Exotic primordial black holes born in the moments after the universe began could be the key to solving some of cosmology’s biggest problems… if only we can find them.
IN THE beginning, there was light. Then, perhaps, a point of darkness. More dark spots appeared, the light circling them before falling in like water down a drain. These would have been our universe’s first inhabitants, strange baby black holes gorging on the radiation that flooded out of the big bang. As the cosmos expanded and cooled, their feasting slowed.
Millions of years passed, some of the radiation that filled the cosmos giving way to matter, which eventually clumped together to form the first stars, planets and galaxies. Over time, some stars grew so large that when they ran out of fuel and collapsed, they turned into black holes themselves. But what happened to their distant ancestors from the dawn of time? Maybe those very first, primordial black holes faded away or perhaps they were big enough to survive to the present. Either way, they could help solve some of the biggest problems in cosmology. If they were ever there.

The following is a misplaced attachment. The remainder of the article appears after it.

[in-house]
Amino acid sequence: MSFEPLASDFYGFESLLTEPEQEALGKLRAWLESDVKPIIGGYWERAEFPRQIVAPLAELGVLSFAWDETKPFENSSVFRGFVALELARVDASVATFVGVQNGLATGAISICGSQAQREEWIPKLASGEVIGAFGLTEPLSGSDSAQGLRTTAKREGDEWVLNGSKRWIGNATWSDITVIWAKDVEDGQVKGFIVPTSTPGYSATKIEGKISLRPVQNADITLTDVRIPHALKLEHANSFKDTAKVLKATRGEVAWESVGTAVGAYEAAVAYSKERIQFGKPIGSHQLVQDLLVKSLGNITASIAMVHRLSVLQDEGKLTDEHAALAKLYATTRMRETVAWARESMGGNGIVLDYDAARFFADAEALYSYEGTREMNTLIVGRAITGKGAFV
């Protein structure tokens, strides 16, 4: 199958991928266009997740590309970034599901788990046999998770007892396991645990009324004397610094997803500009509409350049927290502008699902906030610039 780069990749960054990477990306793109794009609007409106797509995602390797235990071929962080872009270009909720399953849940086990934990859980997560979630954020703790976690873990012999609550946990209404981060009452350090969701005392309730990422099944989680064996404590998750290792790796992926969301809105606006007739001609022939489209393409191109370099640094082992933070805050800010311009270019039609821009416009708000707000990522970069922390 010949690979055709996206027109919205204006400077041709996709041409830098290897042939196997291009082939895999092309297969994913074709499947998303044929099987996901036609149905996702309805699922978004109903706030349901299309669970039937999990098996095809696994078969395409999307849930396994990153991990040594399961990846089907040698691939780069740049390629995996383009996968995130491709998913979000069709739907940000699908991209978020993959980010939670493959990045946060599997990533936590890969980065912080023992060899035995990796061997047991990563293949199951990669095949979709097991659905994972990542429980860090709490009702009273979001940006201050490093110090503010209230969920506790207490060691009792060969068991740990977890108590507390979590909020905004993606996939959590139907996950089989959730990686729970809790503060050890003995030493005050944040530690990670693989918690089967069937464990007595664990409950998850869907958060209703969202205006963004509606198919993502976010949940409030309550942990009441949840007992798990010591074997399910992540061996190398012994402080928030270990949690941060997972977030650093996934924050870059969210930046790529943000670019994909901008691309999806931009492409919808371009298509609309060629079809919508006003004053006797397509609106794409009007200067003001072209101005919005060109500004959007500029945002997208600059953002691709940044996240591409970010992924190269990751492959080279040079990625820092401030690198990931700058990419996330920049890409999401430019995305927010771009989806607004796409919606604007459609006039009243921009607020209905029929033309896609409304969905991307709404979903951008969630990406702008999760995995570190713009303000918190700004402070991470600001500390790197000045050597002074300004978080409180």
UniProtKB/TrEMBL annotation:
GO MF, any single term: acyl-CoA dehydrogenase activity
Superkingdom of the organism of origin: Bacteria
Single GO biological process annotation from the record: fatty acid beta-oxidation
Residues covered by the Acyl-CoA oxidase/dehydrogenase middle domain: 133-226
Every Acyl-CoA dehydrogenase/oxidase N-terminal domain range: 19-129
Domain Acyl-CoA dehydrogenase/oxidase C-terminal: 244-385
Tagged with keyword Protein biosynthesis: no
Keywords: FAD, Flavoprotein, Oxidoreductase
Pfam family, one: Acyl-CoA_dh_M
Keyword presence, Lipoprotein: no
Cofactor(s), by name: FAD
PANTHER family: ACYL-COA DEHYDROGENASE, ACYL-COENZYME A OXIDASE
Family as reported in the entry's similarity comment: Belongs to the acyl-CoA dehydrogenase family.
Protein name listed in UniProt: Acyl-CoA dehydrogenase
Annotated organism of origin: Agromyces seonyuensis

The concept of black holes, objects so enormously dense that not even light can escape their gravitational pull, has haunted cosmology for decades. Until recently, we had no direct evidence they existed. That changed in 2015, when the Laser Interferometer Gravitational-Wave Observatory (LIGO) detected the aftershock of a pair of black holes colliding 1.3 billion light years away.
Experiments such as LIGO could be our best shot at finding evidence of primordial black holes too. In fact, some people think we have already spotted them. That would be a monumental discovery because these cosmic ancients wouldn’t only be our universe’s first black holes, but also its most …